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Victor Anichebe: The Key To Victor-y

The big man earned rave reviews for his performance against Bournemouth, but what was so good about it?

AFC Bournemouth v Sunderland - Premier League Photo by Alex Morton/Getty Images

Victor Anichebe’s colossal performance helped Sunderland to their first win of the season at Bournemouth on Saturday. Despite playing three quarters of the game with a cracked rib, the Nigerian international scored one goal and won the penalty that saw Jermain Defoe fire the winner, leaving Sky Sports pundit Paul Merson raving about his effort:

You won’t see a better performance from a centre forward that’s paid to hold the ball up and bring people into the game, and make themselves a nuisance through the match - nobody will play as well as that.

High praise indeed. But what made Anichebe’s performance so impressive?

Bullying Adam Smith

Bournemouth’s right back has enjoyed a strong start to the season, particularly in attacking areas. No defender has recorded more assists in the league this season than Smith, a feat he was able to achieve in the first ten minutes of Saturday’s game when creating Dan Gosling’s opener. Smith is also one of Bournemouth’s top performers in terms of passes made, dribbles completed and times fouled per game – particularly via his advancement into the opposition’s half. Long story short, Bournemouth look to Smith as one of their most effective attacking outlets.

He did create the opener, of course, but beyond that, Smith struggled to affect the game to any great extent in attacking areas. His heatmap shows that he spent most of the game just inside of the Sunderland half, struggling to find space down the wing in advanced areas. And while he made 67 passes, including 35 forward passes, very few were of any real consequence, partly due to his inability to find space.

Anichebe deserves real credit for this. Tasked with playing a withdrawn striker role on the left side of the pitch, it was important that he tracked Smith up and down the pitch to provide support for Patrick van Aanholt. Anichebe’s heatmap shows that he stuck to his task admirably, despite the positional unfamiliarity that he was faced with. With five minutes to go until half time, Anichebe did switch off and allowed Smith in behind him, however. Fortunately, van Aanholt was able to come across and clear the danger. Smith went on to enjoy greater success down the wing when Steven Pienaar was dismissed, with Moyes facing the dilemma of keeping Anichebe out wide or using him as a focal point to relieve pressure, but largely, though, Anichebe did a very good job for the team in that regard. The assist also came with Anichebe playing on the right wing, rather than the left where he would have been tracking Smith.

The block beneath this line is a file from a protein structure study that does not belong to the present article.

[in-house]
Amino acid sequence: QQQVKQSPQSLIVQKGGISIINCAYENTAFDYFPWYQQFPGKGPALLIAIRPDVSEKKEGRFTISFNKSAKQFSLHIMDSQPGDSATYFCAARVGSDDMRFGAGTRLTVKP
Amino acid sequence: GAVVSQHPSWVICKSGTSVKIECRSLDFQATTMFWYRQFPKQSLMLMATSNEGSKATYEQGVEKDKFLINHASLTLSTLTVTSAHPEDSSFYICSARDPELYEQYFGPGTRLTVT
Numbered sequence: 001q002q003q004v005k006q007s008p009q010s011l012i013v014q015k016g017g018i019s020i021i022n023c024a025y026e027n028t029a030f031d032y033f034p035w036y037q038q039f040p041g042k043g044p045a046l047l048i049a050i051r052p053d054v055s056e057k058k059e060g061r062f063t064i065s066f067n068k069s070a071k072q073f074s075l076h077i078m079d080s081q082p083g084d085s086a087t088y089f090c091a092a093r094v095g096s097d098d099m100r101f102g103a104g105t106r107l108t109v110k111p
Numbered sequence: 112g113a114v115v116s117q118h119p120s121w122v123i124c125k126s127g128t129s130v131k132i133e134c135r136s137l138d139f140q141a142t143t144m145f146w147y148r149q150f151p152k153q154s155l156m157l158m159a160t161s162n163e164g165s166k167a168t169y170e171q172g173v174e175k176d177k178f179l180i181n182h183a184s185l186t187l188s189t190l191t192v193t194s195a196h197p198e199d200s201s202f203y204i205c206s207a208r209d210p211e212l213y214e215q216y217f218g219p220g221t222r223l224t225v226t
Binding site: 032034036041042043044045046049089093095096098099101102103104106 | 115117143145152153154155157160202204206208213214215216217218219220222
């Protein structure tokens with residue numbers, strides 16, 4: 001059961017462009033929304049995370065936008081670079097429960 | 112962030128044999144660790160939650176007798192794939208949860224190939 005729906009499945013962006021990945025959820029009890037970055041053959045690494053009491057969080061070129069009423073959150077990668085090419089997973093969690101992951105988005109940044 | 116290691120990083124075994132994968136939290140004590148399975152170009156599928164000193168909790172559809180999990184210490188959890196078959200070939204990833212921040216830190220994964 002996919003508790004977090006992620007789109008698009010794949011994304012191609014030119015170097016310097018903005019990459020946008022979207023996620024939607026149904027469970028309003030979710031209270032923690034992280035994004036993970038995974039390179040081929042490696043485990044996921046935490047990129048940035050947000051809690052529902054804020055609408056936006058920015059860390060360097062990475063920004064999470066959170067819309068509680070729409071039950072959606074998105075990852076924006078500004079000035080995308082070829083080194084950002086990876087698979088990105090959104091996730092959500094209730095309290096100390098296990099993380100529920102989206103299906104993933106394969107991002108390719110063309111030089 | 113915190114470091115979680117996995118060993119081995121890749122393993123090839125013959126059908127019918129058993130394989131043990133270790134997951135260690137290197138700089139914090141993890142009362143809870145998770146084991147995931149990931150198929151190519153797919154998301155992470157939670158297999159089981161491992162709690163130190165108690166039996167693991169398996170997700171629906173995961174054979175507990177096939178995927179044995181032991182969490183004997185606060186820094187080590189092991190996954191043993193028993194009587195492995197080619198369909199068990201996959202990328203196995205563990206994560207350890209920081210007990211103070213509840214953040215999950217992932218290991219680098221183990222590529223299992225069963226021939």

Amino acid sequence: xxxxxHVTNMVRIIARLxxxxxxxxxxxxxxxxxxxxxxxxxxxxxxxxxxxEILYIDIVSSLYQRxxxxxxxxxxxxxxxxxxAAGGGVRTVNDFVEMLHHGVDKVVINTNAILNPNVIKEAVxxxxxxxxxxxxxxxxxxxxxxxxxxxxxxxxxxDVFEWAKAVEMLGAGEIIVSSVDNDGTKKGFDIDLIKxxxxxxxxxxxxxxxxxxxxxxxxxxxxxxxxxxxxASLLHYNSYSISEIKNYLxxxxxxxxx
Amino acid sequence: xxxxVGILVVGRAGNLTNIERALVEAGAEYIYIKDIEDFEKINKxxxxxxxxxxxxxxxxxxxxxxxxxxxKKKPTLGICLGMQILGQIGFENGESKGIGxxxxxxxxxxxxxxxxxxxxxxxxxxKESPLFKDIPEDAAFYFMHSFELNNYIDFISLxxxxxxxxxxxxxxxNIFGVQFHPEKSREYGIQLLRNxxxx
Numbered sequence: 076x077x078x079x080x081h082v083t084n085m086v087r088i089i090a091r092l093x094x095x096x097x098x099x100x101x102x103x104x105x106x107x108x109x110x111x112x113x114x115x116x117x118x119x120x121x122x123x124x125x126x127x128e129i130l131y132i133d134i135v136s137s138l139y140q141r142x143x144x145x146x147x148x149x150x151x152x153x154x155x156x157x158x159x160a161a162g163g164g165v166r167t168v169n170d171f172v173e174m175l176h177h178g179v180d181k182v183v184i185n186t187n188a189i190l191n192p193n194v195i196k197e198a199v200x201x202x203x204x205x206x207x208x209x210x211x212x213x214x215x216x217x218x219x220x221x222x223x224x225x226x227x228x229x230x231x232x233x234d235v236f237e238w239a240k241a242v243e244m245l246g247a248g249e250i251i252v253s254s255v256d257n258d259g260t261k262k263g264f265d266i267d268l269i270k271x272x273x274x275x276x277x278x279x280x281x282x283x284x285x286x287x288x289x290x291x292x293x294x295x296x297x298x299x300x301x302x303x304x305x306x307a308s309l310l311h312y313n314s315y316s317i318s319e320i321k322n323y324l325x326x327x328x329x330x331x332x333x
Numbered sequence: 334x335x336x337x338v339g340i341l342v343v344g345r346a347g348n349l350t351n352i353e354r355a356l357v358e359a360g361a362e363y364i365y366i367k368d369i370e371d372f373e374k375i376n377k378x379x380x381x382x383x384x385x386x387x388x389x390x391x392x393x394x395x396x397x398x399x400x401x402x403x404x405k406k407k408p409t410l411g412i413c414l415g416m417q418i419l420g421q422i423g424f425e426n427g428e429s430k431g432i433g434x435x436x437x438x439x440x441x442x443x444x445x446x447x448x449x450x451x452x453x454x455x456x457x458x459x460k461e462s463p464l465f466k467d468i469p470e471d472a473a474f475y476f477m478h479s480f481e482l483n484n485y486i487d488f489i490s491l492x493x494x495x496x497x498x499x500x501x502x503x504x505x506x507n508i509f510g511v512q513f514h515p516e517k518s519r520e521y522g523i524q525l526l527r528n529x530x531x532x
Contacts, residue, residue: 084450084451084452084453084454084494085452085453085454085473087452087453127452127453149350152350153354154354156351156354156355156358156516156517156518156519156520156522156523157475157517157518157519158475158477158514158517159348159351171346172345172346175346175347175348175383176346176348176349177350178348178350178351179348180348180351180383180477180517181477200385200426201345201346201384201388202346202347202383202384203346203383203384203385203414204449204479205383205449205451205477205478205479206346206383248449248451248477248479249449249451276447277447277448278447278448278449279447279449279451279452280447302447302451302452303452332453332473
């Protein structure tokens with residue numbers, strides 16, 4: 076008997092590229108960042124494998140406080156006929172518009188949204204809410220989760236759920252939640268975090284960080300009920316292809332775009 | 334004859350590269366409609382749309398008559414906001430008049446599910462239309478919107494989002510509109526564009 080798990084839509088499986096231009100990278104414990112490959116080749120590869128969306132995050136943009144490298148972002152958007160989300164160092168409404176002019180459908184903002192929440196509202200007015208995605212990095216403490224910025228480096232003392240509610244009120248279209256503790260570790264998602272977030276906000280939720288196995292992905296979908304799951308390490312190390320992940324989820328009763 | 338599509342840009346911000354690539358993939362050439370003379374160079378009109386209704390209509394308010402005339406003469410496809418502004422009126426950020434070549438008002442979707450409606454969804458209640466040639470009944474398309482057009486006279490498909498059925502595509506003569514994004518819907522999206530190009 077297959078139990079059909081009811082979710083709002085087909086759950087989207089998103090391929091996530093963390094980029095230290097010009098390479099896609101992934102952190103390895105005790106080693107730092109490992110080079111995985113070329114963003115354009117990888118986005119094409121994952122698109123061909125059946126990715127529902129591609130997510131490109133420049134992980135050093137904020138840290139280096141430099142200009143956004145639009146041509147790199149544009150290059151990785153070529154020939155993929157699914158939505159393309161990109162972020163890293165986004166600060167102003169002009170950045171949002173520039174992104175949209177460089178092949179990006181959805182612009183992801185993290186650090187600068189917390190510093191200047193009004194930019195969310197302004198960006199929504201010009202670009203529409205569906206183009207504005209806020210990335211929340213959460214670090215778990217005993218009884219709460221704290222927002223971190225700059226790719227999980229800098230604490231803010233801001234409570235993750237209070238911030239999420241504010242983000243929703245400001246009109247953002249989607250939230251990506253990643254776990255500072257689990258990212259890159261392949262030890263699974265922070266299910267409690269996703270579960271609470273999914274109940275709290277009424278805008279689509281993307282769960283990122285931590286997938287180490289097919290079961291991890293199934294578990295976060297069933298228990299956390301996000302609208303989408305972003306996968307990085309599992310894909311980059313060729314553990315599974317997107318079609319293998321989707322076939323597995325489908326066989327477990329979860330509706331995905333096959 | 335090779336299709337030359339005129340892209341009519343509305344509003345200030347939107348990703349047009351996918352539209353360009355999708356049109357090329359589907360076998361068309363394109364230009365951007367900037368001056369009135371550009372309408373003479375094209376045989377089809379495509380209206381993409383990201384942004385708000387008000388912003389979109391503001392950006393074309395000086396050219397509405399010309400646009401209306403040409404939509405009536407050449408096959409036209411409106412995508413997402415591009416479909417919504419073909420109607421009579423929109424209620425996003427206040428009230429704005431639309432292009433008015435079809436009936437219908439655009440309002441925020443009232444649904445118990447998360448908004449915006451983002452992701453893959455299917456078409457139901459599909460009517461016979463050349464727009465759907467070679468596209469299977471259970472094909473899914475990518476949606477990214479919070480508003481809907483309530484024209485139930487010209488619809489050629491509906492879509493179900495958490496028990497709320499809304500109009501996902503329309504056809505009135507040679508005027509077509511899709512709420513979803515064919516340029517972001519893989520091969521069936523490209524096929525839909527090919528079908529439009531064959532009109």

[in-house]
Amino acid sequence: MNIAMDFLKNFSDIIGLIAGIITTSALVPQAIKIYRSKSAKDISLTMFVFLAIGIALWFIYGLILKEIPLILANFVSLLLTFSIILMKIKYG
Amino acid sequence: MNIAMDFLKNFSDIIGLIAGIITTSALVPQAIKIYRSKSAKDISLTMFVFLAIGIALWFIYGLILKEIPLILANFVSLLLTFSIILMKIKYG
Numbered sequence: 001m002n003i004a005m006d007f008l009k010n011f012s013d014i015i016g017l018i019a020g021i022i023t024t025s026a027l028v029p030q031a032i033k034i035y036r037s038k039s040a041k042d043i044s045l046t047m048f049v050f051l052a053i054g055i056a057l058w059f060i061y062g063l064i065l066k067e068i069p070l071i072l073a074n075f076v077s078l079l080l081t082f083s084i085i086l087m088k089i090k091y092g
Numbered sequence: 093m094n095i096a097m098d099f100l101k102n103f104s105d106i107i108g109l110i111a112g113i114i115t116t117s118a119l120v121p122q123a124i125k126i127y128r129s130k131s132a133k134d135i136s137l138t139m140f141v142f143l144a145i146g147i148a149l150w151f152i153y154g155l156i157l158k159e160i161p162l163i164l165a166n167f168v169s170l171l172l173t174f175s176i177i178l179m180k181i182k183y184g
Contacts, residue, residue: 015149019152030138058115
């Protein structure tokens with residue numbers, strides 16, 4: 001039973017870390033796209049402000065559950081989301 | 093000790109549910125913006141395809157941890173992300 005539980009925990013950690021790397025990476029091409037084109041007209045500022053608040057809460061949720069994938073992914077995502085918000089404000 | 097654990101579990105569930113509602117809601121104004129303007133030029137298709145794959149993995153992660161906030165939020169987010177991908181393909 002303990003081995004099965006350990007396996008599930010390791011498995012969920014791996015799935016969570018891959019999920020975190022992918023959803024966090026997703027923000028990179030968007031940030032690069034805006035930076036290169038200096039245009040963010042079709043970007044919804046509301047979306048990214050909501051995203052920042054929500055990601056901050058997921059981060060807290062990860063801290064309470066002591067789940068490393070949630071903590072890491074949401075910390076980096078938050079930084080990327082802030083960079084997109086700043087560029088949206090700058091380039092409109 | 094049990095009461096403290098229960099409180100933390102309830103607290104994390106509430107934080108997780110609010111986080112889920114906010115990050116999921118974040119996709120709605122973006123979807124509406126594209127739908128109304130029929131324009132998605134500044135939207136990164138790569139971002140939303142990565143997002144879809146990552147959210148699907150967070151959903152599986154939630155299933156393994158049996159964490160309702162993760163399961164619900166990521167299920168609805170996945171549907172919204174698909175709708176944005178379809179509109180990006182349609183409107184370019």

It was in attack that Anichebe really had Smith’s (and his fellow defenders, to an extent) number, though. The Bournemouth man averages just 0.8 aerial duels won per game – easily the weakest of their defence in that regard – and it certainly told in this encounter. Sunderland won 67% of the aerial duels, and Anichebe played a huge part in this, winning a massive 43% of the team’s total (and 67% of his own). The two faced off only three times in this game, with Anichebe winning twice (the only duel he lost against Smith was in his own half), but the Sunderland man’s presence was clearly felt by Smith. Unable to best him in the air, teammates Simon Francis and Gosling were called over to compete with Anichebe – not very successfully, creating space in other areas of the pitch for his teammates.

Anichebe enjoyed great aerial success in the wide left area of the Bournemouth half.

Anichebe’s heatmap demonstrates how positionally focused he was on the area around Smith. More often than not, Anichebe chose to come deep, drawing Smith away from his starting position and therefore opening up space for van Aanholt to run in behind. In the 13th minute, Smith looked to get close to Anichebe, but realising that Junior Stanislas had failed to follow van Aanholt, he attempted to back off. By that time it was too late, and Anichebe played a perfectly weighted ball to his full back. Fortunately for Bournemouth, his attempted pull back was intercepted before it reached Defoe. And that was just one instance in which Anichebe had Smith in danger.

Most of Anichebe’s game was spent down the left wing - to great effect.